Prior to developing the above discussed guidance, EPA has asked the SAB to engage in a consultation with it to help it begin its original thinking on a number of issues. These issues are noted in the Charge below.
A “consultation” is a means of conferring, as a group of knowledgeable individuals, in public session with the Agency on a technical matter, before the Agency has begun substantive work on that issue. The goal is to leaven EPA's thinking by brainstorming a variety of approaches to the problem very early in the development process. There is no attempt or intent to express an SAB Start Printed Page 19773consensus or to generate a formal SAB position. The Board, via a brief letter, simply notifies the Administrator that a Consultation has taken place. While no written report will be prepared of the Subcommittee's thoughts, individual members may provide their comments in writing to the DFO who will include these with the minutes of the meeting.
Charge to the Committee for the Microbial Risk Assessment Framework—EPA asks the SAB to consider and to discuss with it: (1) Whether the current framework includes all the essential components and a logical flow needed to allow microbial risk assessments to be conducted for all waterborne pathogens and water media (waste waters, drinking waters and ambient waters); (2) any apparent missing components that would be needed to properly conduct risk assessments, as well as why the additional components would be needed; (3) any tools and methods (e.g., dose response and susceptibility models dealing with uncertainty, and data gaps, etc.) that can be used in the risk analysis portion of the methodology which would assist risk assessors who would be using this guidance, and (4) suitability of the framework for establishment of formal guidelines for microbiological risk assessment.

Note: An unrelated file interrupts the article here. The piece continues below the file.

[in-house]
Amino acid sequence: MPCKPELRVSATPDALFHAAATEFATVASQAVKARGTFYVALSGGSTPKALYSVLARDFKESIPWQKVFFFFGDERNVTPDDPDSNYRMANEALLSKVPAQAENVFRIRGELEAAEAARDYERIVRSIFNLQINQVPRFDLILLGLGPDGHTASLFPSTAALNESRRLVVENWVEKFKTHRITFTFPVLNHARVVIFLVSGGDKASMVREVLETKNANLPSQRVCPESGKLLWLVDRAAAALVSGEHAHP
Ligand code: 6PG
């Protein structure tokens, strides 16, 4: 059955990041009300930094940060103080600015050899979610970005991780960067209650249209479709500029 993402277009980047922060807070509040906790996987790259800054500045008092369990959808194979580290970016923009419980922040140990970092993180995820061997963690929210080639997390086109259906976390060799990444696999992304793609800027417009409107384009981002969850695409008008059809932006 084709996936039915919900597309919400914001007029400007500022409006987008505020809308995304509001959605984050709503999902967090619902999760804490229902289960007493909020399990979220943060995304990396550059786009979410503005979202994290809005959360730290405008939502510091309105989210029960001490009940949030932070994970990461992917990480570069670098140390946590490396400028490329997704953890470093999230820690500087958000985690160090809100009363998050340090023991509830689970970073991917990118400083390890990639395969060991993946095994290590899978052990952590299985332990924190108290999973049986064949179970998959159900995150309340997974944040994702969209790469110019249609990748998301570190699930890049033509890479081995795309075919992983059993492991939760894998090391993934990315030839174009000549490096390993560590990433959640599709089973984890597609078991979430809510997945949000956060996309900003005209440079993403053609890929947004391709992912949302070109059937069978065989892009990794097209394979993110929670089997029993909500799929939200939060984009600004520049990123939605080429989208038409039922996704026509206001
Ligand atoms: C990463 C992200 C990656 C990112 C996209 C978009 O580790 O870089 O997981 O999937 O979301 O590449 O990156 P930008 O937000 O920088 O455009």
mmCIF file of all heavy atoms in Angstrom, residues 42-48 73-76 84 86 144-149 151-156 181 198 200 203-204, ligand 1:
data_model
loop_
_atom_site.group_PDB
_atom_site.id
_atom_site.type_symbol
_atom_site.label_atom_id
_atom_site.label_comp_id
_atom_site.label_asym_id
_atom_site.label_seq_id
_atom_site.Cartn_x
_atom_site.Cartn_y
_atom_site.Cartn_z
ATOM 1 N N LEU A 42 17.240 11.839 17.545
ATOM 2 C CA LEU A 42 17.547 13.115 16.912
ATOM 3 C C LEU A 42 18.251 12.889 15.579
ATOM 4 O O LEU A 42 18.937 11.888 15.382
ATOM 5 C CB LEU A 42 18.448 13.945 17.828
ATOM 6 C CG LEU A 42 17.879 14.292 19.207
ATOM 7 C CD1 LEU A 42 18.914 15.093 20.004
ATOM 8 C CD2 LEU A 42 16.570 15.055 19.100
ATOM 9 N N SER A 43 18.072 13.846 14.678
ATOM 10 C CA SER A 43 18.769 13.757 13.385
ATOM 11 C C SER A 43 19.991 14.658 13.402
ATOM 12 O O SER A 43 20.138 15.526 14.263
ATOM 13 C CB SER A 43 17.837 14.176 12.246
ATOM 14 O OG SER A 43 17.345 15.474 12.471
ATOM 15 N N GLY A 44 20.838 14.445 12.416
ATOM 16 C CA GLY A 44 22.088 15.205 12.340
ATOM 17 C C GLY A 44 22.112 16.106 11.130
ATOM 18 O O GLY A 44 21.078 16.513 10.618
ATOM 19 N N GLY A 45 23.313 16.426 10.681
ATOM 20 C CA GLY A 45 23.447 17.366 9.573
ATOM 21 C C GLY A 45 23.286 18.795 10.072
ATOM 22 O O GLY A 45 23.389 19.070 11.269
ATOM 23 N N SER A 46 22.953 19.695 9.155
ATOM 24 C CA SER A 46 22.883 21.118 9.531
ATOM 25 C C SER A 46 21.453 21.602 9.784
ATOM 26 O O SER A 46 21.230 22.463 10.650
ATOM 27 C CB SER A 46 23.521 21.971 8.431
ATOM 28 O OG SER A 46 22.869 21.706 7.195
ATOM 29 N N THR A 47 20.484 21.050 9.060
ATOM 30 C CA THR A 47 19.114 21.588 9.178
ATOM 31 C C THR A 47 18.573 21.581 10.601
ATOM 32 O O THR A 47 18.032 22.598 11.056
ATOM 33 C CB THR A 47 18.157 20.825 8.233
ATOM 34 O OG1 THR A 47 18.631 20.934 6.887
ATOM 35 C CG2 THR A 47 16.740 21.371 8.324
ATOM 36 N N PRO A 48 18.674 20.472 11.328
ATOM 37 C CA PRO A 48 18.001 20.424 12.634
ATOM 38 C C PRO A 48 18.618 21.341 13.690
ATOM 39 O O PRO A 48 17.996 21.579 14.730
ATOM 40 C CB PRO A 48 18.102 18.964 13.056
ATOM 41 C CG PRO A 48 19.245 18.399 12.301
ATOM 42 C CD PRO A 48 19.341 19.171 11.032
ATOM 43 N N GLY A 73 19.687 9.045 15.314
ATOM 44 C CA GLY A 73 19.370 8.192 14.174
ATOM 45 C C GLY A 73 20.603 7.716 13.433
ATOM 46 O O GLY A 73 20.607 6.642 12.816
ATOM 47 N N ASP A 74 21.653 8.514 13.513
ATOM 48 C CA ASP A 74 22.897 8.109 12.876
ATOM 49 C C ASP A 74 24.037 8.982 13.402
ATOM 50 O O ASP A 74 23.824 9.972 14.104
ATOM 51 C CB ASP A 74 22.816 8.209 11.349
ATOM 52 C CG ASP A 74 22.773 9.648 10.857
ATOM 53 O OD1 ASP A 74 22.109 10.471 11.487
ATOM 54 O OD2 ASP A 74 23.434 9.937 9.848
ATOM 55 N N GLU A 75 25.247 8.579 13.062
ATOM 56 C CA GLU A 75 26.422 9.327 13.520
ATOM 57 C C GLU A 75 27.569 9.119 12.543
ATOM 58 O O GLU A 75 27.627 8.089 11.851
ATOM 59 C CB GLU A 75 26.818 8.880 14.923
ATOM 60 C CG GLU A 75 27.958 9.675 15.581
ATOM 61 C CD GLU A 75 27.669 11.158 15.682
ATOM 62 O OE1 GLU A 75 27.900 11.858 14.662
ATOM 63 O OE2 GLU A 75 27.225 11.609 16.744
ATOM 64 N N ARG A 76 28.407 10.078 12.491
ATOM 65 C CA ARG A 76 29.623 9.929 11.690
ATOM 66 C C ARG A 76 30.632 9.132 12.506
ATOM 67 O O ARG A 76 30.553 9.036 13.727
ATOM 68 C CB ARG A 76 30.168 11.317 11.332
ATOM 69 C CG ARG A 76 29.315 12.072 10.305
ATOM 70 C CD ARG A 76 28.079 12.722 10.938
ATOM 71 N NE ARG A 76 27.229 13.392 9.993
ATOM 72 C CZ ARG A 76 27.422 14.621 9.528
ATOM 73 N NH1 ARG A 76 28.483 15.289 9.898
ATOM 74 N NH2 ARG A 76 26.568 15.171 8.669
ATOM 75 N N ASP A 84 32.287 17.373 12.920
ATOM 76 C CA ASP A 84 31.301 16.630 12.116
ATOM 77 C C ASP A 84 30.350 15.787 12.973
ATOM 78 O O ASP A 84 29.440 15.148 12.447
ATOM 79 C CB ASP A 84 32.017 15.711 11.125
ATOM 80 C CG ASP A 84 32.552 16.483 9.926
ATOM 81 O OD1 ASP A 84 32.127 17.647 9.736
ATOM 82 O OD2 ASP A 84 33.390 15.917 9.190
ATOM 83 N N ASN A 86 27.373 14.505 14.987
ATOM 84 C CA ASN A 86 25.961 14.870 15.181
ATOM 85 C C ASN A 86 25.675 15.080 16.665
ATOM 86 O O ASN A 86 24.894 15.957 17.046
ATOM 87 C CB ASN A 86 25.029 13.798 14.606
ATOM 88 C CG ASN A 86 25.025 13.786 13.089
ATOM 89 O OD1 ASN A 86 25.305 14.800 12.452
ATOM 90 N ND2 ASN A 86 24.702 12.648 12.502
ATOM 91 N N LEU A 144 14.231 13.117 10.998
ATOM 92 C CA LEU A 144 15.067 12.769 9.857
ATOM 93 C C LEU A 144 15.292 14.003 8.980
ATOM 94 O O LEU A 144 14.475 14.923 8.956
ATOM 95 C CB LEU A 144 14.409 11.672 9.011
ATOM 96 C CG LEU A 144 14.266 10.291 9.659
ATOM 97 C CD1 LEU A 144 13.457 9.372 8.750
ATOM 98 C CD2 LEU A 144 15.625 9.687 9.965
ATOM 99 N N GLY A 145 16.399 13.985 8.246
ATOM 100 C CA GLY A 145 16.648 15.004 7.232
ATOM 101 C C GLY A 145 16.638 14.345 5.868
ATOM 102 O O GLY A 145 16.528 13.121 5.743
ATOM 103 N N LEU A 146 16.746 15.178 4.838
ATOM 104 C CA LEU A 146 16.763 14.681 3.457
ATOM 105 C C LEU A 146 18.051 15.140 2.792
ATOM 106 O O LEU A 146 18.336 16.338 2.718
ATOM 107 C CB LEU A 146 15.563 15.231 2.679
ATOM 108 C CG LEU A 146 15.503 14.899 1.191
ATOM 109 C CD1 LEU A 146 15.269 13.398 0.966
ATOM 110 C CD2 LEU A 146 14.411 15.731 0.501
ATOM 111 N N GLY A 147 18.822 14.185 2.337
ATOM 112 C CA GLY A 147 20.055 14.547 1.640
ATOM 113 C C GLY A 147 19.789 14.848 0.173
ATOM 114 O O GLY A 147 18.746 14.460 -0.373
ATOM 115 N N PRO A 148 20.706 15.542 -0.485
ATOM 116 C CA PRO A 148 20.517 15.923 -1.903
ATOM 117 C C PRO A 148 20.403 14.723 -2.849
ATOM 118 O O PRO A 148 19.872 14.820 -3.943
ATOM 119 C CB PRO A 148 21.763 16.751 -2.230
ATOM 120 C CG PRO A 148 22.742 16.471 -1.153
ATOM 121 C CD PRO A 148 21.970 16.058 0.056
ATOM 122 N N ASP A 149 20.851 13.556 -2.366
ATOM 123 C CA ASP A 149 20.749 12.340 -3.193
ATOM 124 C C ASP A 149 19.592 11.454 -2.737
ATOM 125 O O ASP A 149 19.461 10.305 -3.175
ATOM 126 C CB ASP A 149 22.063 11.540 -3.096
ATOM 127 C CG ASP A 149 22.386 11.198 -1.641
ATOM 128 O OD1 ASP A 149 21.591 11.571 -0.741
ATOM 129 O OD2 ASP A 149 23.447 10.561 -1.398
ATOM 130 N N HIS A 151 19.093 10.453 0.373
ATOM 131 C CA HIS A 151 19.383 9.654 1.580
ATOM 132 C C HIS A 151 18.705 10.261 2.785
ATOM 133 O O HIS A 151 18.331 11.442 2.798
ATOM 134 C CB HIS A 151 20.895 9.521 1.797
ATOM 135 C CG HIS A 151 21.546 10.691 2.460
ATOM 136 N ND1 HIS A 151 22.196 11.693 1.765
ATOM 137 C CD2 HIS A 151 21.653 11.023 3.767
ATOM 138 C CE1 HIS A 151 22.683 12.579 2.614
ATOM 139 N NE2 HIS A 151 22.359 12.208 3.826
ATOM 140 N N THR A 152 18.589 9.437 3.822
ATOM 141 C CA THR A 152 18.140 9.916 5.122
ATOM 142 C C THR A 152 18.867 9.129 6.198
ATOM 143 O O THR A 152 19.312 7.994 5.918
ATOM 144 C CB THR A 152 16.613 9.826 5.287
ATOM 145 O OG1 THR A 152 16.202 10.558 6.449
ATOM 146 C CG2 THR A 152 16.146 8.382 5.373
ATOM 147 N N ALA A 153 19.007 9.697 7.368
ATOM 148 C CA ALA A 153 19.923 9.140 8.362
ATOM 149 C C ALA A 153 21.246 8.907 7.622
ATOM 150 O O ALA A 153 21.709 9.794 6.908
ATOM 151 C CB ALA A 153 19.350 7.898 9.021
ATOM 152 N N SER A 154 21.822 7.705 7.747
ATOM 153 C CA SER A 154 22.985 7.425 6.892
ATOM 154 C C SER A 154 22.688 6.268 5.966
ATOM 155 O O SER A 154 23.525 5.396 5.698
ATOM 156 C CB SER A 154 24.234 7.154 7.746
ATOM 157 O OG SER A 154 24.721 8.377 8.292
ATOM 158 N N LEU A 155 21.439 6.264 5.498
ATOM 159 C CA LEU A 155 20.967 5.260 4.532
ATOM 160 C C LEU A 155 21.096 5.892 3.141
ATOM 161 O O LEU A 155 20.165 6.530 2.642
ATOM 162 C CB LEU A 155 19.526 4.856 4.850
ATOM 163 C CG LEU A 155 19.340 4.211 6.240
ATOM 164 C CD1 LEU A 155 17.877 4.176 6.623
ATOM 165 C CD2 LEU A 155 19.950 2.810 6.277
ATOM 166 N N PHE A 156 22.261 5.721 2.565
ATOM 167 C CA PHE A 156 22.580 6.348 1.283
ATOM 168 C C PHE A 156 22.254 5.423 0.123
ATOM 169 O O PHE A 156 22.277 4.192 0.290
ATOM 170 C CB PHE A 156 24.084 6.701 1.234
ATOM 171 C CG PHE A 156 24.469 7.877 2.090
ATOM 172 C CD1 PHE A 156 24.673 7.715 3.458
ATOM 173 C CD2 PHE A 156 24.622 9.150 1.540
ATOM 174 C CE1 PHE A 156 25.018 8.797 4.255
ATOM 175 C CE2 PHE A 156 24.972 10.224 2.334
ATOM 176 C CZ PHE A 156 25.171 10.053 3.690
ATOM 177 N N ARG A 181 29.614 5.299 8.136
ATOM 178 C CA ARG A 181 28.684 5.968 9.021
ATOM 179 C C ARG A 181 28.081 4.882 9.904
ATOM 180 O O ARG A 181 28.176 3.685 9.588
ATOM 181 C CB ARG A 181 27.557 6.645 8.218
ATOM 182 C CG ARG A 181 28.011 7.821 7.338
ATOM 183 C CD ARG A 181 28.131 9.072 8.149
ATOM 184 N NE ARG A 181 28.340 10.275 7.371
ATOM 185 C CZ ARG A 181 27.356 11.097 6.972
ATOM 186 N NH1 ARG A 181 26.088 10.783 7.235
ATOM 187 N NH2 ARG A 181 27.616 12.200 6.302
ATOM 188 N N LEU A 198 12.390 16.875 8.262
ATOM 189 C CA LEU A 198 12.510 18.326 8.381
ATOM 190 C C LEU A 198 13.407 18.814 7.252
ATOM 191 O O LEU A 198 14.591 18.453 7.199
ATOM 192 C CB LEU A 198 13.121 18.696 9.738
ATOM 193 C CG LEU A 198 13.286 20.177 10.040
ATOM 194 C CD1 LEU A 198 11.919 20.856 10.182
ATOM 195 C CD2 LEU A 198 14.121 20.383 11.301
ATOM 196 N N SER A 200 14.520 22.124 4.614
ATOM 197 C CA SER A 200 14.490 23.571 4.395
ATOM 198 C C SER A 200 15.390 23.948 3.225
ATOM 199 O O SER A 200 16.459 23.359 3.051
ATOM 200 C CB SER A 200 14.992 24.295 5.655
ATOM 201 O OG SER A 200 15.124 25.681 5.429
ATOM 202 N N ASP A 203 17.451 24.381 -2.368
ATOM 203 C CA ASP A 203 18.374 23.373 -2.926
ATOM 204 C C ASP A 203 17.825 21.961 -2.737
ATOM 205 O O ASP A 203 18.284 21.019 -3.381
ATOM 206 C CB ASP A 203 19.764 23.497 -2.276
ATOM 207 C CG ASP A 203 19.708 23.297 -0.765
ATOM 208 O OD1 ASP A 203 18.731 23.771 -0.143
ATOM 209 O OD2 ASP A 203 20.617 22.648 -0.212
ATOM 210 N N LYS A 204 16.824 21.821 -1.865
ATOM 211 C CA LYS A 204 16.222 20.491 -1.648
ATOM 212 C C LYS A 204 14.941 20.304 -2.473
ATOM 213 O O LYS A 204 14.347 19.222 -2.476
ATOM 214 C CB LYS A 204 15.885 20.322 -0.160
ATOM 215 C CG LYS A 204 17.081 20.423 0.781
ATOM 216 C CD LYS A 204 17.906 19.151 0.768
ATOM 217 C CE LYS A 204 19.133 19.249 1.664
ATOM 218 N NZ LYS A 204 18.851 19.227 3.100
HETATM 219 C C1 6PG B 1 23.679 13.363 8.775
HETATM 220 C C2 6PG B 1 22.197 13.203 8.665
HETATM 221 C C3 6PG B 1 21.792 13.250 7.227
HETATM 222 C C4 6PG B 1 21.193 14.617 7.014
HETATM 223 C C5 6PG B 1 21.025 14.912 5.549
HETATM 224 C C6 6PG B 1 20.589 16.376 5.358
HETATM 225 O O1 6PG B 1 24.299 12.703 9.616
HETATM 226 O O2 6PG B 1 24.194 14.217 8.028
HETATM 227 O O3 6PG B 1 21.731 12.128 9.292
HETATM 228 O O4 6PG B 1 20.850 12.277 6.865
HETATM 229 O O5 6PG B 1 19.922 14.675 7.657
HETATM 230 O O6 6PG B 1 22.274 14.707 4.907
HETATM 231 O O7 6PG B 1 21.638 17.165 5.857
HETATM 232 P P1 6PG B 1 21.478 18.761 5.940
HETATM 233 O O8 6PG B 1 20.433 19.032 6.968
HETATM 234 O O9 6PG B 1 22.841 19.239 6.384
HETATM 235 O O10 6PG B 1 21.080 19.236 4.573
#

Availability of Review Materials—(1) CCL Research Plan: Information on the Agency's CCL Research Plan can be obtained by contacting Dr. Robert Clark, US EPA, National Risk Management Research Laboratory, Cincinnati, OH by telephone at (513) 569-7201 or by e-mail at email@example.com. (2) Microbiological Risk Assessment Framework: Additional information on the framework for microbial risk assessment can be obtained from Dr. Stephen Schaub, US EPA, Office of Water, Office of Science and Technology, Washington, DC by telephone at (202) 260-7591 or by e-mail at firstname.lastname@example.org.
For Further Information—Any member of the public wishing further information concerning this meeting or wishing to submit brief oral comments (10 minutes or less) must contact Thomas O. Miller, Designated Federal Officer, Science Advisory Board (1400A), U.S. Environmental Protection Agency, 1200 Pennsylvania Avenue, NW., Washington, DC 20460; telephone (202) 564-4558; FAX (202) 501-0582; or via e-mail at email@example.com. Requests for oral comments must be in writing (e-mail, fax or mail) and received by Mr. Miller no later than noon Eastern Time on Tuesday, June 5, 2001.
Providing Oral or Written Comments at SAB Meetings